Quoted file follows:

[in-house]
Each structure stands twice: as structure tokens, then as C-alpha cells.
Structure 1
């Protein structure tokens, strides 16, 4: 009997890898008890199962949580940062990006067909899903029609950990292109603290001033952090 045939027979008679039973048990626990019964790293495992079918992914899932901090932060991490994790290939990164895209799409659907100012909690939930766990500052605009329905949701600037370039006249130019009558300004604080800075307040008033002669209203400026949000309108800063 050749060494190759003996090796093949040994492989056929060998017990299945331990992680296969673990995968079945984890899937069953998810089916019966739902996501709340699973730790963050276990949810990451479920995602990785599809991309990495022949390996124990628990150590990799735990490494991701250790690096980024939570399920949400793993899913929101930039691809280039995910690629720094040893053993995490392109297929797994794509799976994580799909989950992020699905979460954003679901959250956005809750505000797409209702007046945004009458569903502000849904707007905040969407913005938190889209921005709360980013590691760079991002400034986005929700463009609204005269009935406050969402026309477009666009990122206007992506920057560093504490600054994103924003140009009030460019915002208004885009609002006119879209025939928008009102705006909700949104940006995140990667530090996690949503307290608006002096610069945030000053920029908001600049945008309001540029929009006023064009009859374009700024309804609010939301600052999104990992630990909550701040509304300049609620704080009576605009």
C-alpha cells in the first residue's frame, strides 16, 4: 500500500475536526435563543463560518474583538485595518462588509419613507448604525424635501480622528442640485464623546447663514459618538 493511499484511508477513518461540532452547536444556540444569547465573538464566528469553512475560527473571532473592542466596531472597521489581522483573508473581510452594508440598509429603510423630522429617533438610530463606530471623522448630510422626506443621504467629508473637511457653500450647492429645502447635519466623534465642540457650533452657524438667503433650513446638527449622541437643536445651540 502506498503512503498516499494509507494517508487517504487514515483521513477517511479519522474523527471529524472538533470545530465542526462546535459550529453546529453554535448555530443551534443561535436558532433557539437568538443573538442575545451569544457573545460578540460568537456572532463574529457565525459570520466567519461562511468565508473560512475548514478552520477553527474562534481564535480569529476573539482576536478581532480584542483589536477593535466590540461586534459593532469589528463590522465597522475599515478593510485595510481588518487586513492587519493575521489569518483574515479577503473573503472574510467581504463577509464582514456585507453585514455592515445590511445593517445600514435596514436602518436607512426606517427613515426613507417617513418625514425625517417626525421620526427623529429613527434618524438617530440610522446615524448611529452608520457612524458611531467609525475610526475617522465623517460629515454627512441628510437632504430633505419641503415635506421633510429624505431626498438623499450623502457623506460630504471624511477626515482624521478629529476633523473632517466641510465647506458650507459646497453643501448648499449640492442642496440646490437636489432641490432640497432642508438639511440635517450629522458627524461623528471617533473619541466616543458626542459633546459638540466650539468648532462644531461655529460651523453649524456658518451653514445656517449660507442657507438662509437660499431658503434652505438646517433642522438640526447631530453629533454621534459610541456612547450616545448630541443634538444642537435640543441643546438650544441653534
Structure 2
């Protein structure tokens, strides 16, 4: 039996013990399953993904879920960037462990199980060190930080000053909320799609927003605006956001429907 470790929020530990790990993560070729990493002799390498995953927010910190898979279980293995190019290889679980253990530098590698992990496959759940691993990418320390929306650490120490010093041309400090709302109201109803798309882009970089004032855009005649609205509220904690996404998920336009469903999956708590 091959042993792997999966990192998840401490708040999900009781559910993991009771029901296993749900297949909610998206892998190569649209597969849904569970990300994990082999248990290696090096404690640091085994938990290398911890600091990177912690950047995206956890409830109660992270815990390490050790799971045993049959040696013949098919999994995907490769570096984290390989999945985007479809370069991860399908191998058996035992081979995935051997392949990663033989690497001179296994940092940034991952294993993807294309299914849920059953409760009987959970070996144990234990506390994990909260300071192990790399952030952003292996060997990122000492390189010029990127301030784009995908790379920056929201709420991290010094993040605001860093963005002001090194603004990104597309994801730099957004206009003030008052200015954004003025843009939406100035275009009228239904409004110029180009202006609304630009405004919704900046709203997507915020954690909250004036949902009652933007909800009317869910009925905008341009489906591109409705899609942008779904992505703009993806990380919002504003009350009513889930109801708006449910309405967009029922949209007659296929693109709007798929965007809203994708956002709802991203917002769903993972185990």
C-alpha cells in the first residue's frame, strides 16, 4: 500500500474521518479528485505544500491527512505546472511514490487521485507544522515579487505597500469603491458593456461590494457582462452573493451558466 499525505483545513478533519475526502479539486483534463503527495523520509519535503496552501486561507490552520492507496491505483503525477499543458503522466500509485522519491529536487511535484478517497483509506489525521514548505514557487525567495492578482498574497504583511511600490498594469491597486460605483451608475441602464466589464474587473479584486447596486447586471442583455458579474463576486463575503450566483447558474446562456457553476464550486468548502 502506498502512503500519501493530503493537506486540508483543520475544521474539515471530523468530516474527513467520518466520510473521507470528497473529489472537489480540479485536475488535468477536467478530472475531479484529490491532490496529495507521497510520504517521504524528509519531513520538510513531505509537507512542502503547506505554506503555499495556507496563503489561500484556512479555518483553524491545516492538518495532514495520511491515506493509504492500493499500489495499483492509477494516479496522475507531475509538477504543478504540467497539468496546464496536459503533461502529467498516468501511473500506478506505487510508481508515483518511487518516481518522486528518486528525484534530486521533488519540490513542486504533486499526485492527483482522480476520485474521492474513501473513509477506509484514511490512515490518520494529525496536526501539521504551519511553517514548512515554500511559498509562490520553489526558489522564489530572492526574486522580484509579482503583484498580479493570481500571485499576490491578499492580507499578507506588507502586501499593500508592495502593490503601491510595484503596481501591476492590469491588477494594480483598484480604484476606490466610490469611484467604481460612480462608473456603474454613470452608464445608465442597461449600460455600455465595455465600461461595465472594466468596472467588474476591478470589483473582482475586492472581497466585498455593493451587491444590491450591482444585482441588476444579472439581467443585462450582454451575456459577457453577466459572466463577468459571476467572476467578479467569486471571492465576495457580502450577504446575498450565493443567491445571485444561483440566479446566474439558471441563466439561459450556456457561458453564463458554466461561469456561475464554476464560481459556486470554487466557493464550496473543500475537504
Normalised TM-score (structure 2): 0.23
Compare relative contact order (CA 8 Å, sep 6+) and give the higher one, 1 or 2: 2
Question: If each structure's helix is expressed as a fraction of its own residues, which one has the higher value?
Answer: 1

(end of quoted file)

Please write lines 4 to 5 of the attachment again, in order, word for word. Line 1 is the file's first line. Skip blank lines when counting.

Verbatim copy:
């Protein structure tokens, strides 16, 4: 009997890898008890199962949580940062990006067909899903029609950990292109603290001033952090 045939027979008679039973048990626990019964790293495992079918992914899932901090932060991490994790290939990164895209799409659907100012909690939930766990500052605009329905949701600037370039006249130019009558300004604080800075307040008033002669209203400026949000309108800063 050749060494190759003996090796093949040994492989056929060998017990299945331990992680296969673990995968079945984890899937069953998810089916019966739902996501709340699973730790963050276990949810990451479920995602990785599809991309990495022949390996124990628990150590990799735990490494991701250790690096980024939570399920949400793993899913929101930039691809280039995910690629720094040893053993995490392109297929797994794509799976994580799909989950992020699905979460954003679901959250956005809750505000797409209702007046945004009458569903502000849904707007905040969407913005938190889209921005709360980013590691760079991002400034986005929700463009609204005269009935406050969402026309477009666009990122206007992506920057560093504490600054994103924003140009009030460019915002208004885009609002006119879209025939928008009102705006909700949104940006995140990667530090996690949503307290608006002096610069945030000053920029908001600049945008309001540029929009006023064009009859374009700024309804609010939301600052999104990992630990909550701040509304300049609620704080009576605009």
C-alpha cells in the first residue's frame, strides 16, 4: 500500500475536526435563543463560518474583538485595518462588509419613507448604525424635501480622528442640485464623546447663514459618538 493511499484511508477513518461540532452547536444556540444569547465573538464566528469553512475560527473571532473592542466596531472597521489581522483573508473581510452594508440598509429603510423630522429617533438610530463606530471623522448630510422626506443621504467629508473637511457653500450647492429645502447635519466623534465642540457650533452657524438667503433650513446638527449622541437643536445651540 502506498503512503498516499494509507494517508487517504487514515483521513477517511479519522474523527471529524472538533470545530465542526462546535459550529453546529453554535448555530443551534443561535436558532433557539437568538443573538442575545451569544457573545460578540460568537456572532463574529457565525459570520466567519461562511468565508473560512475548514478552520477553527474562534481564535480569529476573539482576536478581532480584542483589536477593535466590540461586534459593532469589528463590522465597522475599515478593510485595510481588518487586513492587519493575521489569518483574515479577503473573503472574510467581504463577509464582514456585507453585514455592515445590511445593517445600514435596514436602518436607512426606517427613515426613507417617513418625514425625517417626525421620526427623529429613527434618524438617530440610522446615524448611529452608520457612524458611531467609525475610526475617522465623517460629515454627512441628510437632504430633505419641503415635506421633510429624505431626498438623499450623502457623506460630504471624511477626515482624521478629529476633523473632517466641510465647506458650507459646497453643501448648499449640492442642496440646490437636489432641490432640497432642508438639511440635517450629522458627524461623528471617533473619541466616543458626542459633546459638540466650539468648532462644531461655529460651523453649524456658518451653514445656517449660507442657507438662509437660499431658503434652505438646517433642522438640526447631530453629533454621534459610541456612547450616545448630541443634538444642537435640543441643546438650544441653534